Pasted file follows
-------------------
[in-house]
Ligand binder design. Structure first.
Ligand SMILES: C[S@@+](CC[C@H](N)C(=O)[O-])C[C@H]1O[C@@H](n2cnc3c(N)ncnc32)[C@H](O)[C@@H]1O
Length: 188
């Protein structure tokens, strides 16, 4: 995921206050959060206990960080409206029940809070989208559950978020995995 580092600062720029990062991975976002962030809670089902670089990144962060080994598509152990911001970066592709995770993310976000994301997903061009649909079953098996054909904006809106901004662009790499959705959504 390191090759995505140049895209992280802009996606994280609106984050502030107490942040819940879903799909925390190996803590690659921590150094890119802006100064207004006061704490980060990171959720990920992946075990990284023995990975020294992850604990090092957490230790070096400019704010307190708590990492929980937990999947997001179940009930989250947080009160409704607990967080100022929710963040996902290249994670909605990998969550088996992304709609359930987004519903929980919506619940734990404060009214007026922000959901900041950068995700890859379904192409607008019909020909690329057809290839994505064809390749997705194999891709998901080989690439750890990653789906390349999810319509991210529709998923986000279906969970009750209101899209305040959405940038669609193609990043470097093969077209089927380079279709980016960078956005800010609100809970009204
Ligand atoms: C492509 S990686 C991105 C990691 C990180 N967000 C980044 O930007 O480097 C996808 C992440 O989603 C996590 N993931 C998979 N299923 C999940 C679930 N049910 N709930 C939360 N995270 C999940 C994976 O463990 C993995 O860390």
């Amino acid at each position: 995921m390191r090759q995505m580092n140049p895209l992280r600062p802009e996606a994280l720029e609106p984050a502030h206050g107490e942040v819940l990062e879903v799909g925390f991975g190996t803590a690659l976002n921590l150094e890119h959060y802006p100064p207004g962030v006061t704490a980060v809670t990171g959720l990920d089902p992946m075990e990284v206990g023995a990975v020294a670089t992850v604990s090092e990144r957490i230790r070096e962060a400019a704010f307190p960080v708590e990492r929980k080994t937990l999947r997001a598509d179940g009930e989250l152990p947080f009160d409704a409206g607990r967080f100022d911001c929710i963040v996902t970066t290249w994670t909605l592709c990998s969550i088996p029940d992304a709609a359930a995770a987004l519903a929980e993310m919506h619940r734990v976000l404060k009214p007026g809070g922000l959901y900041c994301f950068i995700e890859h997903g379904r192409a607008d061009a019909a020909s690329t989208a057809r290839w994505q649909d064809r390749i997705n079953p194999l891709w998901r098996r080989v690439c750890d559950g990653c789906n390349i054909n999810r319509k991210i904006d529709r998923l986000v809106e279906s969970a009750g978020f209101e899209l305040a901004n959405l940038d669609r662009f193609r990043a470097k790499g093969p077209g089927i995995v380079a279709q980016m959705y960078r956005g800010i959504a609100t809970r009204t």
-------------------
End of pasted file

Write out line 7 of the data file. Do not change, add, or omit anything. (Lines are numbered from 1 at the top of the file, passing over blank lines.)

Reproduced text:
């Amino acid at each position: 995921m390191r090759q995505m580092n140049p895209l992280r600062p802009e996606a994280l720029e609106p984050a502030h206050g107490e942040v819940l990062e879903v799909g925390f991975g190996t803590a690659l976002n921590l150094e890119h959060y802006p100064p207004g962030v006061t704490a980060v809670t990171g959720l990920d089902p992946m075990e990284v206990g023995a990975v020294a670089t992850v604990s090092e990144r957490i230790r070096e962060a400019a704010f307190p960080v708590e990492r929980k080994t937990l999947r997001a598509d179940g009930e989250l152990p947080f009160d409704a409206g607990r967080f100022d911001c929710i963040v996902t970066t290249w994670t909605l592709c990998s969550i088996p029940d992304a709609a359930a995770a987004l519903a929980e993310m919506h619940r734990v976000l404060k009214p007026g809070g922000l959901y900041c994301f950068i995700e890859h997903g379904r192409a607008d061009a019909a020909s690329t989208a057809r290839w994505q649909d064809r390749i997705n079953p194999l891709w998901r098996r080989v690439c750890d559950g990653c789906n390349i054909n999810r319509k991210i904006d529709r998923l986000v809106e279906s969970a009750g978020f209101e899209l305040a901004n959405l940038d669609r662009f193609r990043a470097k790499g093969p077209g089927i995995v380079a279709q980016m959705y960078r956005g800010i959504a609100t809970r009204t």